If you work in Visual Effects in the UK (and especially at DNeg, ILM, MPC and Framestore), it’s likely you saw green people on the way in to work today. You’re not just seeing things from working or playing too much, they really were there! Their mission was to pass out flyers and raise awareness for a new union organizing effort called VFX Assemble!
Yes, we know, there have been a lot of attempts at this. IATSE in the US announced it’s intent to organize VFX artists almost 7 years ago. Every few years since, IATSE and/or BECTU (UK’s media and entertainment trade union) have offered help, held frequent meetings… but there is never any forward motion. What makes this new effort different?
A New Hope
The stumbling block to organizing VFX is that no one wants to go first or be alone. This is not unusual in union organizing history. BECTU hopes to have found a way past this by offering a Kickstarter style approach – the cost is £10 a month but you don’t pay until 51% of your company joins.
What do we Want?
What are the goals of this effort? Pretty much the same things labor has asked for in every organizing effort in history.
It is important to look to history in any organizing effort because you are not the first or last one to go through the process. In Tom Sito’s great book Drawing the Line: The Untold Story of the Animation Unions from Bosko to Bart Simpson he discusses organizing Fletcher Animation in the late 30’s:
“The animators and higher-paid creative artists felt themselves superior to the lower-echelon inbetweeners, opaquers, and checkers. The discussion about unionizing broke into camps based on job title. Whenever an employer wished to sabotage union members’ solidarity, he only needed to separate the animators and storymen from the “backend” artists. Sixty years later the animation guild still fields complaints from animators, writers, and CGI folks who want an exclusive organization. Fragmenting the workers’ interests has always played right into the hands of the bosses.”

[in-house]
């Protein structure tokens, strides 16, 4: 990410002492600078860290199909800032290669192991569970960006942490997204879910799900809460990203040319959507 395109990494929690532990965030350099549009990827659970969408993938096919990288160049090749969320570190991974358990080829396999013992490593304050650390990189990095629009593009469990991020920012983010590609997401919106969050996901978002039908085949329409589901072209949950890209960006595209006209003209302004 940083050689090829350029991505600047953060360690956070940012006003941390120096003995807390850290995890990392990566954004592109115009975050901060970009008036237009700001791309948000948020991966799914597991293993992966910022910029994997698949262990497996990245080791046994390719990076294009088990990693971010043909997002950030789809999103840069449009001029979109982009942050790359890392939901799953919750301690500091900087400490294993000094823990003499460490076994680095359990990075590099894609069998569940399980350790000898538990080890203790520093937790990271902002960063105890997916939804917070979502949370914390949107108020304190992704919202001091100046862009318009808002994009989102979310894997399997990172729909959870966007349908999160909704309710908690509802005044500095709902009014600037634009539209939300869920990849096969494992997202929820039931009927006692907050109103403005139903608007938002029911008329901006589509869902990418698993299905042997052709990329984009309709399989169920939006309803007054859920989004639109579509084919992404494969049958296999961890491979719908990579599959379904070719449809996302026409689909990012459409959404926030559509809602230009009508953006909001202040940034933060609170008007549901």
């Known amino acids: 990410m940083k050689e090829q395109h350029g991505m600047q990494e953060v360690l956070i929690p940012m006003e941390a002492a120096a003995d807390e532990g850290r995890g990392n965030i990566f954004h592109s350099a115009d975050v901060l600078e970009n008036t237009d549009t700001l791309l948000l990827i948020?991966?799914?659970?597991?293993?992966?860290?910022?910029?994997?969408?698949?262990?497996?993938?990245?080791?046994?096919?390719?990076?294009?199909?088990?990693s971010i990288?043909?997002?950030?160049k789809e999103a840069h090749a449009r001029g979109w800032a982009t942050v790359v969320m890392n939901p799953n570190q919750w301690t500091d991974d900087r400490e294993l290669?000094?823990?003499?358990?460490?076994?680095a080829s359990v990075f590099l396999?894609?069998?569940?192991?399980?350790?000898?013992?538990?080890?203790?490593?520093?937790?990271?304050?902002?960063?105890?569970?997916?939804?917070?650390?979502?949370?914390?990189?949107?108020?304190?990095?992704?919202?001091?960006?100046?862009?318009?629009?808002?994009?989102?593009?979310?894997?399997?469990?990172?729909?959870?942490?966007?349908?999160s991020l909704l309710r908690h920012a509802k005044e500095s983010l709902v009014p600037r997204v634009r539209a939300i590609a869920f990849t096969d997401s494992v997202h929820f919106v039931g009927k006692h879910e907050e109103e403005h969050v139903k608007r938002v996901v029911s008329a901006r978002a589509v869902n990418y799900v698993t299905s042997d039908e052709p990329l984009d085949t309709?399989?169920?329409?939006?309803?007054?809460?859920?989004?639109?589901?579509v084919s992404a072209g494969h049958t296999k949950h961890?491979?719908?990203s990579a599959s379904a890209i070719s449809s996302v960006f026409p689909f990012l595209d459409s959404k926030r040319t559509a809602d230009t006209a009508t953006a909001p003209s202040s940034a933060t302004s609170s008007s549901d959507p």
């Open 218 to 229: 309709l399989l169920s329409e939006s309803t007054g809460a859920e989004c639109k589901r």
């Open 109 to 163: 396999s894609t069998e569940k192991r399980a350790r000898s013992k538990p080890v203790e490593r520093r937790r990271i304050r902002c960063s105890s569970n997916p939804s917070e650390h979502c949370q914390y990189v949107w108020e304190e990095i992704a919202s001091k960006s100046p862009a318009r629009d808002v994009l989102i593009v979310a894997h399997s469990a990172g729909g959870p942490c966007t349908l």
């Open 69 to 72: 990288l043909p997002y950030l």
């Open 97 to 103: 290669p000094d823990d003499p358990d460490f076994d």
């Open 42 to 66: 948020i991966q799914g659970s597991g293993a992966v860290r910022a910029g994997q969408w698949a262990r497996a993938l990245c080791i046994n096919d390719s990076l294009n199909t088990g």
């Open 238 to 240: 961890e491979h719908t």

Sound familiar? A bit more:
“The Fleischer strike was the first major labor strike in animation history. It demonstrated all the tactics and problems that would dominate labor-management conflicts in animation for the next sixty years: employee anger over working conditions but apathy about joining organizations to do anything about the conditions; suspicion of outside labor organizations; artists’ denial of basic business realities; employers trying to stay friends with their staff while acting tough behind the workers’ backs; official rhetoric about “free choice” masking strong-arm tactics; intimidation of workers; flouting of government laws and oversight; gestures calculated to pit artists against artists; and stonewalling negotiations tions while waiting for the artists and their families to starve. All these things occur with depressing regularity in studios up to the present day, whether cartoons are done with pencils or pixels.”
Learn more / Get Involved
VFX Assemble has a great website that explains this new effort. As they say, “it only takes 5 minutes”.
For more detail visit: vfxAssemble.com
We've been a free service since 1999 and now rely on the generous contributions of readers like you. If you'd like to help support our work, please join the hundreds of others and become an fxinsider member.